It’s the overly cheerful Facebook comment. Your family telling you to lighten up, feel better, look at the bright side of things. Maybe it’s that one friend who just cannot help themselves with their bubbly, effervescent stream of positivity. Everyone is well-intentioned, and possibly attempting to make you feel better. But the problem is, they are trying to make you feel. Feel differently than what you’re feeling, do better than how you're doing, and you realize you have no safe space to feel your feelings without the judgment of others.
So, let’s clear something up right now: You have a right to your feelings. Full stop.
Feelings are important. I don’t mean this in a trite, self-help sort of way. I mean it in the “you need to acknowledge these feelings before they explode and burn your life to the ground” sense. Somehow, we have confused the appropriate acknowledgment and expression of feelings with acting on those feelings.
For example: You experience a string of difficult life events. You express your frustrations, despair, sadness, anger, etc. And then the Feeling Police (who mean well) descend, and tell you to stay positive. Cheer up. Don’t put negative stuff out there; it doesn’t help anyone, least of all you.
Have you purposefully injured anyone in your expression of feelings? Has your public acknowledgment of how you feel caused harm to innocent parties? No? Then you’re good.
We have an addiction to the positive.
Positive feelings, positive experiences, positive people, positive movements. And I get it. There is tremendous power in positivity. But we have failed each other in this arena. We have assigned positive and negative attributes to feelings, when the truth is, feelings hold no morality.
Your feelings are not good or bad.
Your feelings are not choices.
Your feelings are not controllable.
Related: Six Ways to Cope With Trauma
Feelings, just like every other piece of data we receive in our bodies, are pure information. They are not true or untrue, good or bad. Feelings are signals that can help us interpret. And it is impossible to interpret signals and information if we cannot acknowledge them.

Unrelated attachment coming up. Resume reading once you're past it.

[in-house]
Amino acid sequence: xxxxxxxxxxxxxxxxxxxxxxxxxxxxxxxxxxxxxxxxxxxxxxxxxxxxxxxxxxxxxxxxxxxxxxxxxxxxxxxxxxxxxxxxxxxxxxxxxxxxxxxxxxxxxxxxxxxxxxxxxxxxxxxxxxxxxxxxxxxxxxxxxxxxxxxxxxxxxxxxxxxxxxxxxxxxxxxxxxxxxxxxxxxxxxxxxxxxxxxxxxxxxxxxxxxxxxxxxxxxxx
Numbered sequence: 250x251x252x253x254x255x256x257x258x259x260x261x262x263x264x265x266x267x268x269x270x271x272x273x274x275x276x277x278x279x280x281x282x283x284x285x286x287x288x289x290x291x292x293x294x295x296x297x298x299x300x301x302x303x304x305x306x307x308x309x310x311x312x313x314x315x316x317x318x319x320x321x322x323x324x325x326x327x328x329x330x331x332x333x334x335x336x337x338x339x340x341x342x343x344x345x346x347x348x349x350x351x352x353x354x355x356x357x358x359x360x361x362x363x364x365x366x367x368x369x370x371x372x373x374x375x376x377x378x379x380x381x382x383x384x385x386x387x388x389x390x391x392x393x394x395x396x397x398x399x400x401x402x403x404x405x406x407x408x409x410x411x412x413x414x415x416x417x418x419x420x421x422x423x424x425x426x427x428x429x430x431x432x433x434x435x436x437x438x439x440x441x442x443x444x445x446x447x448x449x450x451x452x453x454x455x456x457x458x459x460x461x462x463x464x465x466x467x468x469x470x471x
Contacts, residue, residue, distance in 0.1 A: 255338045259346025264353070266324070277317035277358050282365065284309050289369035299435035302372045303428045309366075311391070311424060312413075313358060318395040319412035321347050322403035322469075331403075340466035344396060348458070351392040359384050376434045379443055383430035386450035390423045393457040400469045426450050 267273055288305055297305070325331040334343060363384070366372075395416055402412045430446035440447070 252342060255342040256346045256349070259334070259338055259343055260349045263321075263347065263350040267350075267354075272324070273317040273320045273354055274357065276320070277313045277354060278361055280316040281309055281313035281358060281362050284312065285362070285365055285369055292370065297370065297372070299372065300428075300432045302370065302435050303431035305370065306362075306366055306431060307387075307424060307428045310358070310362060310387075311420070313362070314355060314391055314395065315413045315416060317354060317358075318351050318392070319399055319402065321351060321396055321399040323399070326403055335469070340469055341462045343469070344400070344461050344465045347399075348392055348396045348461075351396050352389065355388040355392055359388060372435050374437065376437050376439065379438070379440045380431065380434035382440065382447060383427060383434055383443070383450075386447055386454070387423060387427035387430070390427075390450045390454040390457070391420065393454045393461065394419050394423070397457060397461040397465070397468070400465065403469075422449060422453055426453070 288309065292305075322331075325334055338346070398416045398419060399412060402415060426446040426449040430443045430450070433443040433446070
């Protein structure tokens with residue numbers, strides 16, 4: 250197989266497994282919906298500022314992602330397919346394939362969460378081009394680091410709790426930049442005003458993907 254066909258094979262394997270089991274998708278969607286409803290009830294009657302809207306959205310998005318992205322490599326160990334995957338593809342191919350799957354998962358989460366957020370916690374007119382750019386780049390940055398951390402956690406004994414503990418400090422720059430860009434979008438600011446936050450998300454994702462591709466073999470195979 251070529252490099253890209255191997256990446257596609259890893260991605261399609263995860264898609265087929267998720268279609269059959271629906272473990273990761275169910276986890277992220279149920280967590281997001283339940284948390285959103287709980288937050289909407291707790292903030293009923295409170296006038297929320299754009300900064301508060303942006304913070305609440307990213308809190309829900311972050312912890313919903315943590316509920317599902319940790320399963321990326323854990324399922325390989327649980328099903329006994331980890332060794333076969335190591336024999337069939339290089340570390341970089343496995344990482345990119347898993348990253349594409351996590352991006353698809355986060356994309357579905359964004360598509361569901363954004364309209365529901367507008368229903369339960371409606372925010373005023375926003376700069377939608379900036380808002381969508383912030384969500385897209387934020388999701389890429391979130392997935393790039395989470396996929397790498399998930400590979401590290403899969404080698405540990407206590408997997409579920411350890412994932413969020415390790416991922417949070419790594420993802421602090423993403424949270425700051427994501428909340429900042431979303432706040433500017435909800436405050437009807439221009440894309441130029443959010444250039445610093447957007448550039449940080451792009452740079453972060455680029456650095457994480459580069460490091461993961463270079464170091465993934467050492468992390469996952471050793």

Many years ago, I did an experimental expressive therapy with my very trusted therapist. After 30 years of repressing virtually all feelings that weren't considered positive, I had a treasure trove of big feelings I needed to release. My therapist encouraged me to say the most terrible things that came to mind, to yell like a warrior heading into battle. So, I picked up a dense foam bat and beat the hell out of a rolled up futon mattress. I screamed at the top of my lungs. The futon morphed into people who had hurt me in my lifetime. I beat the stuffing out of at least three people. I yelled obscenities, cried, roared, gave my inner warrior yell, and released feelings that had been holding me hostage for years. I was appalled at the primal response I experienced, shocked that I could evoke such powerful words and swings.
And I was relieved. I didn’t have to pretend to feel something different than what I was feeling. I didn’t have to soften the feelings or make them palatable. It was freeing.
After I was finished, my therapist told me kindly how well I did, and how important that exercise was. I knew she was 100% right. All of those terrible words and forceful blows that I unleashed on that old futon had been directed at myself. Those feelings and expressions of those feelings didn’t go away just because I trained myself to push them away. They became weapons that I wielded against myself. Berating words and gut punches. All of those feelings went somewhere and I used them to beat myself up constantly. And for the first time, I stopped using myself as the punching bag.
The world keeps telling us to feel differently.
Maybe it’s time to begin telling that same world to respond differently. Your feelings are not the problem. Happy does not equal good, angry does not equal bad. They are merely part of a powerful range of feelings that deserve to be expressed in a healthy and real way.
Express yourself, friends. Don’t give in to the entitled Feelings Police who feel compelled to make the world comfortable for themselves by suppressing your feelings. The path to positivity is through the full wooded forest of your experience, good and bad, true and untrue. The power of positivity is how you deal with ALL of the feelings and come through the other side.
You don’t owe anyone a feeling, an expression, or least of all your positivity.